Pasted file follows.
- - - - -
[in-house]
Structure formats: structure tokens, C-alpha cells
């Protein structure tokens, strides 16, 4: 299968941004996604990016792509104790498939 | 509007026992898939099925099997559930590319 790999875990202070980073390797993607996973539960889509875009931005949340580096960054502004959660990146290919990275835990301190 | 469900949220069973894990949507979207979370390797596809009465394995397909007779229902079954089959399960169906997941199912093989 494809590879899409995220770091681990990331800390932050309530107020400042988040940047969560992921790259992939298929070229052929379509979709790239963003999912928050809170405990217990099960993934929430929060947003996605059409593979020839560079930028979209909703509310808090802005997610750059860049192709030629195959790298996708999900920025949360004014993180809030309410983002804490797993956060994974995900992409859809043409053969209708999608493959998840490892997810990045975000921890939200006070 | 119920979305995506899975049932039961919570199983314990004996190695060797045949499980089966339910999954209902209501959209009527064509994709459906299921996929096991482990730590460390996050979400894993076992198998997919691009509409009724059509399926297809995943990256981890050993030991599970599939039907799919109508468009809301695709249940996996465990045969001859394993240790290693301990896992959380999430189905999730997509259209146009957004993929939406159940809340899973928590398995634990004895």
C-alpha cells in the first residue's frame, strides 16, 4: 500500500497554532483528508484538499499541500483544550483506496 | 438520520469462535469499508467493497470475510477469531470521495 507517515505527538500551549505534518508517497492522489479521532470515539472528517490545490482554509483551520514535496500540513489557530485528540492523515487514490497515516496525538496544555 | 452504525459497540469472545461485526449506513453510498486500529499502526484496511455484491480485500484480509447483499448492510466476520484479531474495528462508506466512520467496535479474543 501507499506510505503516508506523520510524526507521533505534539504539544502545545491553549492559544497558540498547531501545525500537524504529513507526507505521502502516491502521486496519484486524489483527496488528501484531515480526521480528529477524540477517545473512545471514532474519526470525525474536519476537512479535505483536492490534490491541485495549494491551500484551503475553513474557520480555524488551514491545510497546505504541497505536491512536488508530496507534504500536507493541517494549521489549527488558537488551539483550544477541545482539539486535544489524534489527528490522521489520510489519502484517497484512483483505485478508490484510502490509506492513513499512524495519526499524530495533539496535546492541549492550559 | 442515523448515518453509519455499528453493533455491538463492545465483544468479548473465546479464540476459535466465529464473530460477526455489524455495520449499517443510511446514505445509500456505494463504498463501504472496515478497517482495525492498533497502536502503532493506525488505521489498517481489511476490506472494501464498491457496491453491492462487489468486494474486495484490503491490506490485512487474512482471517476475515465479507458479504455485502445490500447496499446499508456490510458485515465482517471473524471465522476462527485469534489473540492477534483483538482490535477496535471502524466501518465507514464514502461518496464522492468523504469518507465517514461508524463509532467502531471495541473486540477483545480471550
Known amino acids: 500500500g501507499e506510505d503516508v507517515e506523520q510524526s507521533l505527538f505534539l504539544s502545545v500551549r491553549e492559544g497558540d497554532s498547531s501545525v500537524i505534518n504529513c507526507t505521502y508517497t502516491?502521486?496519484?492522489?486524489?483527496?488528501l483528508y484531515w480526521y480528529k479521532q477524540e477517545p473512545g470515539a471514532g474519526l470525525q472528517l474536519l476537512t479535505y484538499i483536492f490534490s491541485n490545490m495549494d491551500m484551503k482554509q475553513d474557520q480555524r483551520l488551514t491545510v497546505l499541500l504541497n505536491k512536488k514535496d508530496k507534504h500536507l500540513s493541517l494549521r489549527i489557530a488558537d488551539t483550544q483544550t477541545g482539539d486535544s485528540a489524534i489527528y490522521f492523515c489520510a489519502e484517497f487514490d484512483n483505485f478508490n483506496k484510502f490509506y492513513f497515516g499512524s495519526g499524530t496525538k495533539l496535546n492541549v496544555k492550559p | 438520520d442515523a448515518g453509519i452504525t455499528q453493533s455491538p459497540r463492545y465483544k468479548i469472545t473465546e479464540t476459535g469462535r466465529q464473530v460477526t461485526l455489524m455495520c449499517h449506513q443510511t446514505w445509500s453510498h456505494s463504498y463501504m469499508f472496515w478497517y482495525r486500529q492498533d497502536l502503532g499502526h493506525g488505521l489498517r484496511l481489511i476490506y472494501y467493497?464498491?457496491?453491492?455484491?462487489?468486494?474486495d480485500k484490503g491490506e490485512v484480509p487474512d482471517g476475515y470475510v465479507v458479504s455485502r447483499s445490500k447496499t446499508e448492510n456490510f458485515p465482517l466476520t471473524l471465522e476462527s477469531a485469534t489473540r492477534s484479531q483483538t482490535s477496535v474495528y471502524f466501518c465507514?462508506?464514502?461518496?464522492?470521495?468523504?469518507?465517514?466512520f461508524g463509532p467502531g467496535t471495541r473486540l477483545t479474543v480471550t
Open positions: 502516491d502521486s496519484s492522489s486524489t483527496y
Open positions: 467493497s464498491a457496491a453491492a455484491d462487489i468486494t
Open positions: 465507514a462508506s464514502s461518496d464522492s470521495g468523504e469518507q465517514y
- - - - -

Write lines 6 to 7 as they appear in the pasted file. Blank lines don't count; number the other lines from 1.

Open positions: 502516491d502521486s496519484s492522489s486524489t483527496y
Open positions: 467493497s464498491a457496491a453491492a455484491d462487489i468486494t